ExtremeTech Review Feb 12, 2006

    6. SHOULD AN ATX POWER SUPPLY BE COOLED WITH A 120MM FAN?

    Most low-noise ATX power supplies today utilize a top-mounted 120mm fan rather than a rear-mounted 80mm fan. The 120's favorable reputation is based on the fact that under low to medium load conditions, the 120mm fan provides sufficient cooling at low RPM and low RPM fans are generally very quiet.

    However, problems occur with this design when the load exceeds 50%-60%. Because the 120mm fan consumes about 1.5" of vertical space inside the PSU, heat sinks, capacitors, and other components are about 30% smaller in height compared to a PSU with a rear-mounted fan. The smaller parts can handle less current, so the maximum power available with the 120mm design is limited. And, because the heat sinks have less surface area, more air flow is needed with this design to keep the thermal situation under control. With 80%-100% load, the 120's fan speed can double and the noise level can jump by up to 20dB.

    In conclusion, for systems that require more than 50% of the power supply's capacity, a well-engineered PSU with a rear-mounted 80mm fan will provide superior performance and reliability (due to larger components) at a noise level comparable to a PSU equipped with a 120mm fan.

    7. ARE TWO POWER SUPPLY FANS BETTER THAN ONE?

    No. A power supply with two fans doesn't exhaust any more air from the case than a power supply with one. That's because due to space limitations, only one fan can be used for exhaust, while the other is limited to spot cooling. Possible explanations for a 2-fan PSU include: thermal engineering problems; an attempt to exaggerate the wattage rating by spot cooling the transformer; or an attempt by the marketing department to create a new gimmick.

    8. ARE MULTIPLE 12-VOLT RAILS BETTER THAN A SINGLE 12-VOLT RAIL?

    With all the hype about multiple 12-volt rails (ads claim that two rails is better than one, five is better than four, etc.), you'd think it was a better design. Unfortunately, it's not!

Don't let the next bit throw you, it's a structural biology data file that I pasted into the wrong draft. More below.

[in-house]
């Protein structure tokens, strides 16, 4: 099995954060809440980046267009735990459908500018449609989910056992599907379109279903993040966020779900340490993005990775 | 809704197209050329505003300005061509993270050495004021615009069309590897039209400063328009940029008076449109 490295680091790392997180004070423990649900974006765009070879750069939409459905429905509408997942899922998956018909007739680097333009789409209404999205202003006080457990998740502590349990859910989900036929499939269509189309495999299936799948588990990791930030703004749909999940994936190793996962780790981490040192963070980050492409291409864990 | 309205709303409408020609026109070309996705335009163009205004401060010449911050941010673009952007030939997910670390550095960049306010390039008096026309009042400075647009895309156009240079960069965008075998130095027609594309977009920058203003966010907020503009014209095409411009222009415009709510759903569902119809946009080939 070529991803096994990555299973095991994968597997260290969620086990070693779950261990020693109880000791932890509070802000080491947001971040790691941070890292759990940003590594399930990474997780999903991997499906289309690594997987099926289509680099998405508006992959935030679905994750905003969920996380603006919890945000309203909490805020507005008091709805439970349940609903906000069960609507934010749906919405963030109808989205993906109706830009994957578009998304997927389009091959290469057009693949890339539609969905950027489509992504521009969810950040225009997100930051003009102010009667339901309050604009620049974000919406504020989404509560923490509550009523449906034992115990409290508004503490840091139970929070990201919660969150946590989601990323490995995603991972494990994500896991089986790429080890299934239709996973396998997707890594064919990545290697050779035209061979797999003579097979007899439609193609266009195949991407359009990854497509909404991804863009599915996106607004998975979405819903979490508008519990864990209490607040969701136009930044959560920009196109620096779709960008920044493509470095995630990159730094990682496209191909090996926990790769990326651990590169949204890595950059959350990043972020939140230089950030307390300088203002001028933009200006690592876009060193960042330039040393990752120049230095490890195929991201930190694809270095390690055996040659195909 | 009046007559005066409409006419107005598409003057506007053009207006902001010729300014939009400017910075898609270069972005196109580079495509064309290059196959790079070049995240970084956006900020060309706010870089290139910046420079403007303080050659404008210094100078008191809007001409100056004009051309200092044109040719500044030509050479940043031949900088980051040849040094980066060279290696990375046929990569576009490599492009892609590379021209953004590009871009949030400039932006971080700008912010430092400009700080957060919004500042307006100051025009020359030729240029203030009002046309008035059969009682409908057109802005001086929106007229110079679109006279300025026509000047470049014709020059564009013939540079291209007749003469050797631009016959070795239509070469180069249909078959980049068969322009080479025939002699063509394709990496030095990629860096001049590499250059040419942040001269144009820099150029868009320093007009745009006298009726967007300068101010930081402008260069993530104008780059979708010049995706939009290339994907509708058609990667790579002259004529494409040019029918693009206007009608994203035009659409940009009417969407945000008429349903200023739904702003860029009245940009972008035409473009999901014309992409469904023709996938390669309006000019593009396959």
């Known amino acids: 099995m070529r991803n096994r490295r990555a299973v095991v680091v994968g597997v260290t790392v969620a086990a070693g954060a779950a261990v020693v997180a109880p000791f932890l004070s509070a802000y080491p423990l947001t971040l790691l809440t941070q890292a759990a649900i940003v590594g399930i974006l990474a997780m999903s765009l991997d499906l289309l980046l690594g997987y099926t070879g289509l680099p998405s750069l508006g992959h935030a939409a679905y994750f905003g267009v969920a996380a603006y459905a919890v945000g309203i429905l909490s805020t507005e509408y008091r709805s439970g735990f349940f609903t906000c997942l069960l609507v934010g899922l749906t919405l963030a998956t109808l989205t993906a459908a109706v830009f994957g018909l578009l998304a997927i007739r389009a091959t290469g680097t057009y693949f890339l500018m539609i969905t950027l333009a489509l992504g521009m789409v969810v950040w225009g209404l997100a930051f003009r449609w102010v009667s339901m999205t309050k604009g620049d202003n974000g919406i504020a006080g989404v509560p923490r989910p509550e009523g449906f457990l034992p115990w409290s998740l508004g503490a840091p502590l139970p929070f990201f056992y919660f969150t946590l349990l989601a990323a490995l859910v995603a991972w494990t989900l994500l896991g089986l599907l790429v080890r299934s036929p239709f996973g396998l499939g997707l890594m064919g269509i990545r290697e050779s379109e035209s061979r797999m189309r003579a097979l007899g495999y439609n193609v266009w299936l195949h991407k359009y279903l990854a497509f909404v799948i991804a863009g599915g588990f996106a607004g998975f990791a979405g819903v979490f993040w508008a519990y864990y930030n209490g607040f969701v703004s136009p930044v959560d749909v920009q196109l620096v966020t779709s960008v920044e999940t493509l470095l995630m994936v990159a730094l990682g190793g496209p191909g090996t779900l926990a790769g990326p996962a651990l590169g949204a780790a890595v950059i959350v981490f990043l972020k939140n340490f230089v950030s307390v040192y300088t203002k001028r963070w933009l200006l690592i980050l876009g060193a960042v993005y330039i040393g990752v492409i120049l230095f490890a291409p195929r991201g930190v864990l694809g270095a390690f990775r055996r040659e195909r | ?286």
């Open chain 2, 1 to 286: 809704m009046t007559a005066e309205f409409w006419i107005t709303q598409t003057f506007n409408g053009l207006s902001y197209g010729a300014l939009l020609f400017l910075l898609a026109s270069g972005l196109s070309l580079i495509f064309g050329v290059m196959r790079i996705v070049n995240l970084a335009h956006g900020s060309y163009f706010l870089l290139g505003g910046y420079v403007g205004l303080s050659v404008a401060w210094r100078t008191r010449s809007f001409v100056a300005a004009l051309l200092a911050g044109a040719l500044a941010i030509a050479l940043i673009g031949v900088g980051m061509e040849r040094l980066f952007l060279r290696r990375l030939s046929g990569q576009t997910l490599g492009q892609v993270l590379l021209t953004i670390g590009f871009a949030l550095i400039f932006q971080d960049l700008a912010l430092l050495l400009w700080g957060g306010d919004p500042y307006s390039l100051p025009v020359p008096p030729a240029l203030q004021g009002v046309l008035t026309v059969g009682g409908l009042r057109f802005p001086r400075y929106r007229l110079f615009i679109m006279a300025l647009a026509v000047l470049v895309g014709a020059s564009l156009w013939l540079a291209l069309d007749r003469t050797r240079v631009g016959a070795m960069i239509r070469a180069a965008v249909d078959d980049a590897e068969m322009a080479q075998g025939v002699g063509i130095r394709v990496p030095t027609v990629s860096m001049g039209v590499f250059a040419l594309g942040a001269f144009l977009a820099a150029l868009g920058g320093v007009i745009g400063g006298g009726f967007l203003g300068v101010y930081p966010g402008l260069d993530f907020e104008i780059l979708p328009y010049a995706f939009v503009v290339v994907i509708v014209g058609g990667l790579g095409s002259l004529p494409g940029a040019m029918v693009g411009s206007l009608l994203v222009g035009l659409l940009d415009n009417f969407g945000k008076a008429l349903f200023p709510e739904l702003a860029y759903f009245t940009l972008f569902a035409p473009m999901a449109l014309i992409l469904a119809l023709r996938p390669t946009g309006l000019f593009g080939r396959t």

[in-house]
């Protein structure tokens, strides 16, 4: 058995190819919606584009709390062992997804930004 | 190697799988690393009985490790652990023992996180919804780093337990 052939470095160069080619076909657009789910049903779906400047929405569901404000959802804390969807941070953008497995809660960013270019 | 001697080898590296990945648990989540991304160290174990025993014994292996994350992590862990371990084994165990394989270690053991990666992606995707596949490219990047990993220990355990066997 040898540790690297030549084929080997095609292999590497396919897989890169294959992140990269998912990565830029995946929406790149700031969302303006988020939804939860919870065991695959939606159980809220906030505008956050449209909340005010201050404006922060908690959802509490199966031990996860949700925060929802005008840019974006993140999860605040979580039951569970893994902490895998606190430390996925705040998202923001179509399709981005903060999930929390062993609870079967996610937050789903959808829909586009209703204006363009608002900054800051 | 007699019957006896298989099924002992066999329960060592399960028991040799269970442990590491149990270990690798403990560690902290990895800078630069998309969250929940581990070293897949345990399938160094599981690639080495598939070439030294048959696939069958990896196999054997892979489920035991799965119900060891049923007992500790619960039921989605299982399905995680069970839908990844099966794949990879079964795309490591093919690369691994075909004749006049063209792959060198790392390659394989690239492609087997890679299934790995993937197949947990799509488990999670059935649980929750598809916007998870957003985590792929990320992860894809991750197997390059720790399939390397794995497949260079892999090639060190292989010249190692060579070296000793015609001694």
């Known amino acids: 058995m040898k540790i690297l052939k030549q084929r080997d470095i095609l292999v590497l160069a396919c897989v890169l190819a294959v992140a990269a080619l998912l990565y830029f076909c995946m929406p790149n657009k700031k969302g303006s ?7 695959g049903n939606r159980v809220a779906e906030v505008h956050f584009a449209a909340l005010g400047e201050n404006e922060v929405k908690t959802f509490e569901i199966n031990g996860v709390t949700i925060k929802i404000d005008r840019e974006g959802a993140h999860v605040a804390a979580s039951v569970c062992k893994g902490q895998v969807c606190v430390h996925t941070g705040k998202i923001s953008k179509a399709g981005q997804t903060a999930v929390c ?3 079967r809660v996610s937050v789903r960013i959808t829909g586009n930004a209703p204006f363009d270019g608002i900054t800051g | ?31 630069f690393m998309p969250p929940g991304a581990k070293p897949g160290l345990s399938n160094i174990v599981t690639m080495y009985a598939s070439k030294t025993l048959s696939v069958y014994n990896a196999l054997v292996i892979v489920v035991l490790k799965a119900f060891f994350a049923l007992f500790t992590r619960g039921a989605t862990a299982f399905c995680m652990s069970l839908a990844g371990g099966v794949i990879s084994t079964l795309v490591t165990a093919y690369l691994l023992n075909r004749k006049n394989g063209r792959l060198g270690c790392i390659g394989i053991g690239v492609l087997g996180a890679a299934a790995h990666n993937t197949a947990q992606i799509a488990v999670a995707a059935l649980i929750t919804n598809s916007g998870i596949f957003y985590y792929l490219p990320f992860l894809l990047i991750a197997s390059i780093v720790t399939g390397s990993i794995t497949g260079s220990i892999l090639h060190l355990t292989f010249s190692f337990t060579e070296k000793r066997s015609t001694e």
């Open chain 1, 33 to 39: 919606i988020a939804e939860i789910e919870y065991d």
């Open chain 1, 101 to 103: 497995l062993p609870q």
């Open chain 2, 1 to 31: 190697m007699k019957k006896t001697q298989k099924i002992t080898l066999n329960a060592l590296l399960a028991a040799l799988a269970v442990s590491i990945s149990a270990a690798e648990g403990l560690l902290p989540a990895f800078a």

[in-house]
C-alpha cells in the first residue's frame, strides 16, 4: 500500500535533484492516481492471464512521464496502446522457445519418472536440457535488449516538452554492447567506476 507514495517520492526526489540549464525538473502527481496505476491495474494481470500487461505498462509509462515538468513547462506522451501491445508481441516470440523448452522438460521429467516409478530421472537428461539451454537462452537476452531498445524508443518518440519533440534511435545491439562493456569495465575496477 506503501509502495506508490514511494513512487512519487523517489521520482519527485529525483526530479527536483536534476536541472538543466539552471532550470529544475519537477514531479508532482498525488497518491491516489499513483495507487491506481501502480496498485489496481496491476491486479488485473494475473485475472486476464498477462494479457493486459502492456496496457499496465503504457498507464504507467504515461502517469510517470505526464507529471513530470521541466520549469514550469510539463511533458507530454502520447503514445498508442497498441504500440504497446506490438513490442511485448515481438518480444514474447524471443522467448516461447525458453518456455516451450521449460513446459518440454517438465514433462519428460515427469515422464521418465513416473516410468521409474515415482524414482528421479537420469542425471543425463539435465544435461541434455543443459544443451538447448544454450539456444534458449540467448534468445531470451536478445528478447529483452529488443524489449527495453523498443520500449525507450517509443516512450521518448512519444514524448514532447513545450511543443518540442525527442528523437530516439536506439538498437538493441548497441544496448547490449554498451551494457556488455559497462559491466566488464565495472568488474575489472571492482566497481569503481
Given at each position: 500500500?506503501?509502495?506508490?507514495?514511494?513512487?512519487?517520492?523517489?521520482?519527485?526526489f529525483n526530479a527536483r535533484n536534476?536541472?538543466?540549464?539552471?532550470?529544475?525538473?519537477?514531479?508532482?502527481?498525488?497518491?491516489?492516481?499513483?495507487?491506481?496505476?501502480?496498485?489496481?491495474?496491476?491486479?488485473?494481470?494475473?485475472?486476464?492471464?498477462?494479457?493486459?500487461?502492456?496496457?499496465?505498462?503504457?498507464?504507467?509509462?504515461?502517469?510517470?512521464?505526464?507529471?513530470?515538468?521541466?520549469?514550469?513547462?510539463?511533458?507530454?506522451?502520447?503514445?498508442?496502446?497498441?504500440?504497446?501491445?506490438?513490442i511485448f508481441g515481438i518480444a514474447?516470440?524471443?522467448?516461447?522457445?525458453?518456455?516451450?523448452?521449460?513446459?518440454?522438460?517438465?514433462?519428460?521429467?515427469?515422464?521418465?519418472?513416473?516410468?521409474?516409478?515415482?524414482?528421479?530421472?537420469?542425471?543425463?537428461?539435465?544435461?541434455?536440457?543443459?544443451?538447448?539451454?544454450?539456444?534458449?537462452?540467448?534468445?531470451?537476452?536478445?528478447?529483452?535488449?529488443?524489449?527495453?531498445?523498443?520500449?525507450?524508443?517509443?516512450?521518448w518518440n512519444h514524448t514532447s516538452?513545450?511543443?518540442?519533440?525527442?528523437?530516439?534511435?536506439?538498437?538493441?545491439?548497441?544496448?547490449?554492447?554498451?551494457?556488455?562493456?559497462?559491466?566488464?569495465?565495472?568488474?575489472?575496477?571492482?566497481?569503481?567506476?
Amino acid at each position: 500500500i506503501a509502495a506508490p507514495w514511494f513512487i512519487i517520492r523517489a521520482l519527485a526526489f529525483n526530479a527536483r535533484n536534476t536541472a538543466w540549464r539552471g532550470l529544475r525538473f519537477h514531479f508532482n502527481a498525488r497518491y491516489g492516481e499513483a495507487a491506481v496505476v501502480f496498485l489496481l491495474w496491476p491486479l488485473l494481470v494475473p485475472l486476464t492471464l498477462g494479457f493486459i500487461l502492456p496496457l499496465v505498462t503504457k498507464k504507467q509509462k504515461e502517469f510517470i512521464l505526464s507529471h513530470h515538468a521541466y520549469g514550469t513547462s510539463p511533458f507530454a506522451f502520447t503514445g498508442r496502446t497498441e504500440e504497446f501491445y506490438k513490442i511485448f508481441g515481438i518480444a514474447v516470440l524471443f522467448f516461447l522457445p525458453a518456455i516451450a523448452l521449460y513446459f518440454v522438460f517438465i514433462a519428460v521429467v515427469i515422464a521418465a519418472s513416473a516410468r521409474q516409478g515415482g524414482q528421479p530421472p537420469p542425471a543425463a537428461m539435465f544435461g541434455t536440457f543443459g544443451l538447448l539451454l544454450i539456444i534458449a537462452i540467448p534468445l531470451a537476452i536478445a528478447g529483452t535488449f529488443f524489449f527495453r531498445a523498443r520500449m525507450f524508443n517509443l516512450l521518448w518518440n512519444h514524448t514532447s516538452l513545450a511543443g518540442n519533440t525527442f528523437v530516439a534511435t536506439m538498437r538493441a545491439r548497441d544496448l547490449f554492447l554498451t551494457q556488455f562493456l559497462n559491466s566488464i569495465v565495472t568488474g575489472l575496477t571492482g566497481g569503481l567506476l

Here are the facts: A large, single 12-volt rail (without a 240VA limit) can transfer 100% of the 12-volt output from the PSU to the computer, while a multi-rail 12-volt design has distribution losses of up to 30% of the power supply's rating. Those losses occur because power literally gets "trapped" on under-utilized rails. For example, if the 12-volt rail that powers the CPU is rated for 17 amps and the CPU only uses 7A, the remaining 10A is unusable, since it is isolated from the rest of the system.

    Since the maximum current from any one 12-volt rail of a multiple-rail PSU is limited to 20 amps (240VA / 12 volts = 20 amps), PCs with high-performance components that draw over 20 amps from the same rail are subject to over-current shutdowns. With power requirements for multiple processors and graphics cards continuing to grow, the multiple-rail design, with its 240VA limit per rail, is basically obsolete.

    PC Power and Cooling is once again leading the industry. All of our power supplies now feature a large, single 12-volt rail. The design is favored by major processor and graphics companies, complies with EPS12V specs (the 240VA limit is not a requirement) and is approved by all major safety agencies such as UL and TUV.3

    http://www.pcpower.com/technology/myths/#m8
    December 22, 2008 11:04:58 PM

    Quote:
    With all the hype about multiple 12-volt rails (ads claim that two rails is better than one, five is better than four, etc.), you'd think it was a better design. Unfortunately, it's not!

    Here are the facts: A large, single 12-volt rail (without a 240VA limit) can transfer 100% of the 12-volt output from the PSU to the computer, while a multi-rail 12-volt design has distribution losses of up to 30% of the power supply's rating. Those losses occur because power literally gets "trapped" on under-utilized rails. For example, if the 12-volt rail that powers the CPU is rated for 17 amps and the CPU only uses 7A, the remaining 10A is unusable, since it is isolated from the rest of the system.